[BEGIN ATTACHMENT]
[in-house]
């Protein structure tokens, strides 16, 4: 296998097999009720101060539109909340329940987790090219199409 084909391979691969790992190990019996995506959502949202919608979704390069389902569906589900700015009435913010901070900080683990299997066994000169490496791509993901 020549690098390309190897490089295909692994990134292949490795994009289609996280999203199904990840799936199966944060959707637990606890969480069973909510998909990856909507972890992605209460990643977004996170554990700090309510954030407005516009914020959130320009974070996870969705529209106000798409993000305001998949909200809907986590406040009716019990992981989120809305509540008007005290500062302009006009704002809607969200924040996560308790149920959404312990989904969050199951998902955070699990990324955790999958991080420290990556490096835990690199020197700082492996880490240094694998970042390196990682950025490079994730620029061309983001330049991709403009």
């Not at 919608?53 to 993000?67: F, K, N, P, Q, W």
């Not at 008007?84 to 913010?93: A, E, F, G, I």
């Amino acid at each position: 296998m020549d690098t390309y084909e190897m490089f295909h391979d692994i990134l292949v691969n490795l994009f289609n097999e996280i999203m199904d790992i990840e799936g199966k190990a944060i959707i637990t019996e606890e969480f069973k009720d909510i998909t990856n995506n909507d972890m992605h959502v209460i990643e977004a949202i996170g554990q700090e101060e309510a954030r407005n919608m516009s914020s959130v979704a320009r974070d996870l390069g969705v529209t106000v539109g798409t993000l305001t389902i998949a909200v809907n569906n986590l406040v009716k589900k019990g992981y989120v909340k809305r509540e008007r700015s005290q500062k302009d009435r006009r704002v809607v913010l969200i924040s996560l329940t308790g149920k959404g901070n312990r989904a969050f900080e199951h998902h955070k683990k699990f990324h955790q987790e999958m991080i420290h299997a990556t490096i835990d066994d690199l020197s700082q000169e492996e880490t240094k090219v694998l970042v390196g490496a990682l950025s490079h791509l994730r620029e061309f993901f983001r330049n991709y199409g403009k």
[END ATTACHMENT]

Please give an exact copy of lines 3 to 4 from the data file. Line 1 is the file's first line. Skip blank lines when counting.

């Not at 919608?53 to 993000?67: F, K, N, P, Q, W």
């Not at 008007?84 to 913010?93: A, E, F, G, I």